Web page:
New geospatial and location-based questions need to be answered in all these scenarios. And if you lack location-based tools, you can place stores, goods, and services in the wrong place, target the wrong audience, and roll out the wrong products. Likewise, you can’t support new use cases, business models, or market disruption if you operate using obsolete tech. And you won’t be able to support mobile apps that scale from hundreds to thousands of users, assess data in a granular way, or understand and communicate what’s happening to the business over time.
That’s why, despite the understood trepidation, putting off modernization ultimately increases cost, not defers it. The simple reality is—the price to move to modern capabilities increases the more you put off a modernization project. Not only do you fail to take advantage of the best decision-support tools available, but you end up spending your resources, time, and budget on simply maintaining your aging IT ecosystem. Indeed, large enterprises can spend as much as 80% of their IT budget on operating legacy systems.
And in the 21st century, as an aging workforce heads into retirement, companies face many risks associated with knowledge walking out the door.
You want to ensure that you have modernization projects timed well with talent turnover to retain valuable “tribal knowledge.” You also want to employ the same technology that the next generation of IT professionals and technologists are familiar with and have used in their training and education.
The incremental approach
Most companies will take a “rip and replace” approach for any significant IT initiative, thinking the most effective method involves full scope, planning, implementation, testing, and launch. But that’s often not the optimum solution. Indeed, recent research highlights that only 27% of companies choosing a rip and replace strategy saw a high return, with 41% reporting a low return on their investment.
For many, an incremental approach ensures the greatest chance for success and offers several benefits. To do this, you’ll want to begin with a strategic assessment upfront, ensuring you have a clear and comprehensive understanding of your existing infrastructure, including all the granular technical audit details, including current data, applications, backend technology, and more.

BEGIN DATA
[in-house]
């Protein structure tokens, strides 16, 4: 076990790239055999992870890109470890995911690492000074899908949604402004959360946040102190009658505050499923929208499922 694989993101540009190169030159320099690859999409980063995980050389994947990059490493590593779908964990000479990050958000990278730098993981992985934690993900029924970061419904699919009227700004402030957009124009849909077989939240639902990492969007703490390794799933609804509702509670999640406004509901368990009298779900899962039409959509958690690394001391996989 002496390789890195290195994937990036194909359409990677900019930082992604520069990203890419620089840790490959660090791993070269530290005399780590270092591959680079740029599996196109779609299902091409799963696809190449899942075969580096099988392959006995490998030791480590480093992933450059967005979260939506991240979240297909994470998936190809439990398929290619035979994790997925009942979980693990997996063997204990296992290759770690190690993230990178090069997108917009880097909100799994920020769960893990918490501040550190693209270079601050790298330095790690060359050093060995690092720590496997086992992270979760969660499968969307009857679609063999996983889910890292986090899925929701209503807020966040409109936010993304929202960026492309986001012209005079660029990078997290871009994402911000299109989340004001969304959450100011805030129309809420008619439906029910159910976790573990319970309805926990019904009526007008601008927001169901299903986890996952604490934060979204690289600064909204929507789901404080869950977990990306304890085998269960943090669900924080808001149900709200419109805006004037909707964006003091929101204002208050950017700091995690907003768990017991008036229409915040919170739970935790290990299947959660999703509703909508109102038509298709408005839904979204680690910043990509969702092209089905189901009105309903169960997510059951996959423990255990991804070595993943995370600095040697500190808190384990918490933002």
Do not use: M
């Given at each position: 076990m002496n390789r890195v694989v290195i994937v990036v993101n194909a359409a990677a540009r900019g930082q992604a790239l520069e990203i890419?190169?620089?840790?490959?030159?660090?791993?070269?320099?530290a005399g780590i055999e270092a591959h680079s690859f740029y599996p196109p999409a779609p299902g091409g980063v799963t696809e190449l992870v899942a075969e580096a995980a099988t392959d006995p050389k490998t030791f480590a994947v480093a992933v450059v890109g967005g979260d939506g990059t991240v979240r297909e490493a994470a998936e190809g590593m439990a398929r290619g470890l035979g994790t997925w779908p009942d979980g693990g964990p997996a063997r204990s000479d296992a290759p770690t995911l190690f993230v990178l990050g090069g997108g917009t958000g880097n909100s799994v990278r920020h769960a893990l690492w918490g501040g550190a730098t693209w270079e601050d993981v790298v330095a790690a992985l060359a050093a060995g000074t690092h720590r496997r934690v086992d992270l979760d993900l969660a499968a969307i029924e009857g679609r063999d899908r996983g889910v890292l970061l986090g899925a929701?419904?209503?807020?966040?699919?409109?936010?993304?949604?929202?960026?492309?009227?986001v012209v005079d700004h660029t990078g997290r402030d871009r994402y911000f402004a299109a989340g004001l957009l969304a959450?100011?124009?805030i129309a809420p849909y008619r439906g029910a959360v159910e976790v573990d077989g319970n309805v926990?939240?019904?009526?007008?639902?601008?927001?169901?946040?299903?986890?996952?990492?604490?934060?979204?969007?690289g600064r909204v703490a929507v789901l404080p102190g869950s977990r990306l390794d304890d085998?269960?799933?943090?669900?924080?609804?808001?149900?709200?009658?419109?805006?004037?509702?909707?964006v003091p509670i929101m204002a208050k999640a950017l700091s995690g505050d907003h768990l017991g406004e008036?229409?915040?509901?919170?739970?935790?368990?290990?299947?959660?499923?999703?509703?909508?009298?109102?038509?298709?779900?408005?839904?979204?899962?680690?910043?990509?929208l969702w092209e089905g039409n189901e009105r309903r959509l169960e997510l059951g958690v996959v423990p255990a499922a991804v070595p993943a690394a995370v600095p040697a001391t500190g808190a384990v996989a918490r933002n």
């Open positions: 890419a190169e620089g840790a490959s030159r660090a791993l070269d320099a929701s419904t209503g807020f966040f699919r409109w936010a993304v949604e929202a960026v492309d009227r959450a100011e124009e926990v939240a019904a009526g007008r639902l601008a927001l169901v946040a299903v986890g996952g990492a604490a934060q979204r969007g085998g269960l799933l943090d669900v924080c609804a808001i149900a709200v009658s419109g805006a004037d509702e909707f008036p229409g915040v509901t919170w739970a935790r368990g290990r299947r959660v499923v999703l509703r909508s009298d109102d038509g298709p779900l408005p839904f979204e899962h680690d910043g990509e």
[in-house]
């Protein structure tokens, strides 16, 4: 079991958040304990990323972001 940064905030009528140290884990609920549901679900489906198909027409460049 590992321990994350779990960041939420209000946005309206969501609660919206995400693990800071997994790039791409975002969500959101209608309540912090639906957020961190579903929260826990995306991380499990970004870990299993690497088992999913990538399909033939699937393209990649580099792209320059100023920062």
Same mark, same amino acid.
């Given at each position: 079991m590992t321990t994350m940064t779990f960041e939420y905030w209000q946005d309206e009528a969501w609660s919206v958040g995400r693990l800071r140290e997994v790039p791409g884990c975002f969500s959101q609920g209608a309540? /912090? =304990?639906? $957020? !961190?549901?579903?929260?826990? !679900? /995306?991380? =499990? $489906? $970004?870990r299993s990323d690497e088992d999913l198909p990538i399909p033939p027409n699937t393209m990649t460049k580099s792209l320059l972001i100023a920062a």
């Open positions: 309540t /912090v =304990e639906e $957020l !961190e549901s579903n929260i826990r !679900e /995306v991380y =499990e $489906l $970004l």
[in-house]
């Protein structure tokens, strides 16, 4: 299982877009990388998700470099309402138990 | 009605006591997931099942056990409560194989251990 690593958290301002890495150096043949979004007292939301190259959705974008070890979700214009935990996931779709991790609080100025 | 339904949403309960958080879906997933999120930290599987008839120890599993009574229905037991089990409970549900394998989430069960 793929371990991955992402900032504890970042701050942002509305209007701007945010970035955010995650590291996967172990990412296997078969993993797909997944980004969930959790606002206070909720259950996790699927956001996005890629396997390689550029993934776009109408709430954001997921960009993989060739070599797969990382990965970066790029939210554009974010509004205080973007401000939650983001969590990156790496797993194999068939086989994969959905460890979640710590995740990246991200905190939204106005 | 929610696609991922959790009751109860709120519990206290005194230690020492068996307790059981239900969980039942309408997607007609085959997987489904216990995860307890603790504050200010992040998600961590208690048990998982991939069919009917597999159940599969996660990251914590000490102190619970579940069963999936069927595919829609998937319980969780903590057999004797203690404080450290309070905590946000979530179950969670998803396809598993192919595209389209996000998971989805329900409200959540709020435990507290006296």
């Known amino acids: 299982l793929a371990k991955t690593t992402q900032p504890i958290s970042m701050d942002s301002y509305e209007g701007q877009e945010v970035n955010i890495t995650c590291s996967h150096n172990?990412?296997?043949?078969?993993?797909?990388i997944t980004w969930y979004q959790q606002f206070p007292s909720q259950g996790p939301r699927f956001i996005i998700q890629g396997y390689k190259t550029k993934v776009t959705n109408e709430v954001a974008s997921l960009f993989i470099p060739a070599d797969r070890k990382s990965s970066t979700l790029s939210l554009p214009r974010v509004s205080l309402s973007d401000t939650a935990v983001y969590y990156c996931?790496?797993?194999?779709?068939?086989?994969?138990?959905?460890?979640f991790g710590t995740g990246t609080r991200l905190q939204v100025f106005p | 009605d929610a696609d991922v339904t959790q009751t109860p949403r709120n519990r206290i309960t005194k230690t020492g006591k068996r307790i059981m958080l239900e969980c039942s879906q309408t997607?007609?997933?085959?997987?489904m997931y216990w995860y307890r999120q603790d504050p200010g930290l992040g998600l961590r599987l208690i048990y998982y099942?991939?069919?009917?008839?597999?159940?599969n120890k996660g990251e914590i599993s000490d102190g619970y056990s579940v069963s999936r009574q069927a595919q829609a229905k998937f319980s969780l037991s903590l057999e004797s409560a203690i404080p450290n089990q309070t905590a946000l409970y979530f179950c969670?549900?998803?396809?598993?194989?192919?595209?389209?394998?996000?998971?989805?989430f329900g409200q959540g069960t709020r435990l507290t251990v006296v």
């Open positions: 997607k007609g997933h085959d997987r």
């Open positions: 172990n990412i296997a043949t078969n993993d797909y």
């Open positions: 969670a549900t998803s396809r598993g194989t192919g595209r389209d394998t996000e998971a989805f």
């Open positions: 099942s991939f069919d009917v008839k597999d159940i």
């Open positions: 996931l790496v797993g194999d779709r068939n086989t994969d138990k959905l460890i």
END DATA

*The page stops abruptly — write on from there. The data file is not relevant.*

This can help identify where existing gaps in data and metadata are causing resources not to support the organization as they should be. And it will surface significant pain points, such as brittle integration points that constantly break and cause outages.
Then, you’ll want to accurately identify current goals, roles, and objectives and catalog what you see as use cases coming down the pike. You’ll consider questions like:
- What are internal stakeholders across departments asking for now that will solve immediate needs?
- What’s the business plan over the next 3-5 years that will require a new business capability?
- How do we understand competitors, cohorts, or any other measurement that tracks threats to the business?
You want to ensure that you’re gathering intelligence from multiple sources, with an eye toward the future. This will inform your iterative priorities for modernization, so that when you invest, you’ll do so at the correct sequence and scale and in the right places that consider external threats to your business.